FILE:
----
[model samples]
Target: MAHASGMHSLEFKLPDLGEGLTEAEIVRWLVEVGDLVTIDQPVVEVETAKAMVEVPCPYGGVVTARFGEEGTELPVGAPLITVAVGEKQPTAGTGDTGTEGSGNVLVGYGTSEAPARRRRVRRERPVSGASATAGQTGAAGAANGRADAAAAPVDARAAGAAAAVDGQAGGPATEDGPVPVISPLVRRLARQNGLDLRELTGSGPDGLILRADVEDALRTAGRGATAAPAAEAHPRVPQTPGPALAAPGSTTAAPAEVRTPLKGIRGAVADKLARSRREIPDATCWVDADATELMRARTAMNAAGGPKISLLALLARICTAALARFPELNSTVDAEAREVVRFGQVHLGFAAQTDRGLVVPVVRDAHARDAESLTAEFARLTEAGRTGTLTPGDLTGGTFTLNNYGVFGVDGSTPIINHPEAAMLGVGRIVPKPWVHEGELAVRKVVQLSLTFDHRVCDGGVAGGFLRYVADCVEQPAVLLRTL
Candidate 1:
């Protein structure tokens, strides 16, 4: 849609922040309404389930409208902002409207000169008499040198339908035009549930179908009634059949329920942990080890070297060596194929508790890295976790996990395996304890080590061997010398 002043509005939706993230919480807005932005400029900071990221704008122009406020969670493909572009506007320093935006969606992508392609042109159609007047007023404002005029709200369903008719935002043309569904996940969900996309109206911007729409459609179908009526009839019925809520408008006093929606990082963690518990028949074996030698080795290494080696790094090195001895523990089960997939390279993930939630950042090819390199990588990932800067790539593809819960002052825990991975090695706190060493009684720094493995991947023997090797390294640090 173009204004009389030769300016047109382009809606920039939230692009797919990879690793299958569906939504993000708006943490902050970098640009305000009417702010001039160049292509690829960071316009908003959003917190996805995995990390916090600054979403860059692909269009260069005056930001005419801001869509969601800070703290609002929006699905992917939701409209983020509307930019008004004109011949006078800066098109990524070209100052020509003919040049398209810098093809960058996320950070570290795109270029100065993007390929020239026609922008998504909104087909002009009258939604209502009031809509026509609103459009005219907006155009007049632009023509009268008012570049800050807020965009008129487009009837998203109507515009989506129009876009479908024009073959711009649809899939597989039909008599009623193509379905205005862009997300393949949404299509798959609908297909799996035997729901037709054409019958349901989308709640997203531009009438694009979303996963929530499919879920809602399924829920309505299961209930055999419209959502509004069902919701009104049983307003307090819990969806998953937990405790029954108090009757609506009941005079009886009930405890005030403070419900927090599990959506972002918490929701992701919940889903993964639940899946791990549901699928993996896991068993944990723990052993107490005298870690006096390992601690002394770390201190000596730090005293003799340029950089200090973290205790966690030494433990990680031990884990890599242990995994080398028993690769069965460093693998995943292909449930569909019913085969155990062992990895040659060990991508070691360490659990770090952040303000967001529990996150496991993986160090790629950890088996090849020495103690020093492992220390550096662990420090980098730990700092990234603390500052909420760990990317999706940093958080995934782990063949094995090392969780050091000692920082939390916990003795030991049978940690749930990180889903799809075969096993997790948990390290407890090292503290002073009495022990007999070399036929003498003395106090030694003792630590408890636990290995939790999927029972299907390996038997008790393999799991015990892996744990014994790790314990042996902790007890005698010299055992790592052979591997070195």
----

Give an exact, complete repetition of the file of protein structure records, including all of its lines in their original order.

[model samples]
Target: MAHASGMHSLEFKLPDLGEGLTEAEIVRWLVEVGDLVTIDQPVVEVETAKAMVEVPCPYGGVVTARFGEEGTELPVGAPLITVAVGEKQPTAGTGDTGTEGSGNVLVGYGTSEAPARRRRVRRERPVSGASATAGQTGAAGAANGRADAAAAPVDARAAGAAAAVDGQAGGPATEDGPVPVISPLVRRLARQNGLDLRELTGSGPDGLILRADVEDALRTAGRGATAAPAAEAHPRVPQTPGPALAAPGSTTAAPAEVRTPLKGIRGAVADKLARSRREIPDATCWVDADATELMRARTAMNAAGGPKISLLALLARICTAALARFPELNSTVDAEAREVVRFGQVHLGFAAQTDRGLVVPVVRDAHARDAESLTAEFARLTEAGRTGTLTPGDLTGGTFTLNNYGVFGVDGSTPIINHPEAAMLGVGRIVPKPWVHEGELAVRKVVQLSLTFDHRVCDGGVAGGFLRYVADCVEQPAVLLRTL
Candidate 1:
């Protein structure tokens, strides 16, 4: 849609922040309404389930409208902002409207000169008499040198339908035009549930179908009634059949329920942990080890070297060596194929508790890295976790996990395996304890080590061997010398 002043509005939706993230919480807005932005400029900071990221704008122009406020969670493909572009506007320093935006969606992508392609042109159609007047007023404002005029709200369903008719935002043309569904996940969900996309109206911007729409459609179908009526009839019925809520408008006093929606990082963690518990028949074996030698080795290494080696790094090195001895523990089960997939390279993930939630950042090819390199990588990932800067790539593809819960002052825990991975090695706190060493009684720094493995991947023997090797390294640090 173009204004009389030769300016047109382009809606920039939230692009797919990879690793299958569906939504993000708006943490902050970098640009305000009417702010001039160049292509690829960071316009908003959003917190996805995995990390916090600054979403860059692909269009260069005056930001005419801001869509969601800070703290609002929006699905992917939701409209983020509307930019008004004109011949006078800066098109990524070209100052020509003919040049398209810098093809960058996320950070570290795109270029100065993007390929020239026609922008998504909104087909002009009258939604209502009031809509026509609103459009005219907006155009007049632009023509009268008012570049800050807020965009008129487009009837998203109507515009989506129009876009479908024009073959711009649809899939597989039909008599009623193509379905205005862009997300393949949404299509798959609908297909799996035997729901037709054409019958349901989308709640997203531009009438694009979303996963929530499919879920809602399924829920309505299961209930055999419209959502509004069902919701009104049983307003307090819990969806998953937990405790029954108090009757609506009941005079009886009930405890005030403070419900927090599990959506972002918490929701992701919940889903993964639940899946791990549901699928993996896991068993944990723990052993107490005298870690006096390992601690002394770390201190000596730090005293003799340029950089200090973290205790966690030494433990990680031990884990890599242990995994080398028993690769069965460093693998995943292909449930569909019913085969155990062992990895040659060990991508070691360490659990770090952040303000967001529990996150496991993986160090790629950890088996090849020495103690020093492992220390550096662990420090980098730990700092990234603390500052909420760990990317999706940093958080995934782990063949094995090392969780050091000692920082939390916990003795030991049978940690749930990180889903799809075969096993997790948990390290407890090292503290002073009495022990007999070399036929003498003395106090030694003792630590408890636990290995939790999927029972299907390996038997008790393999799991015990892996744990014994790790314990042996902790007890005698010299055992790592052979591997070195």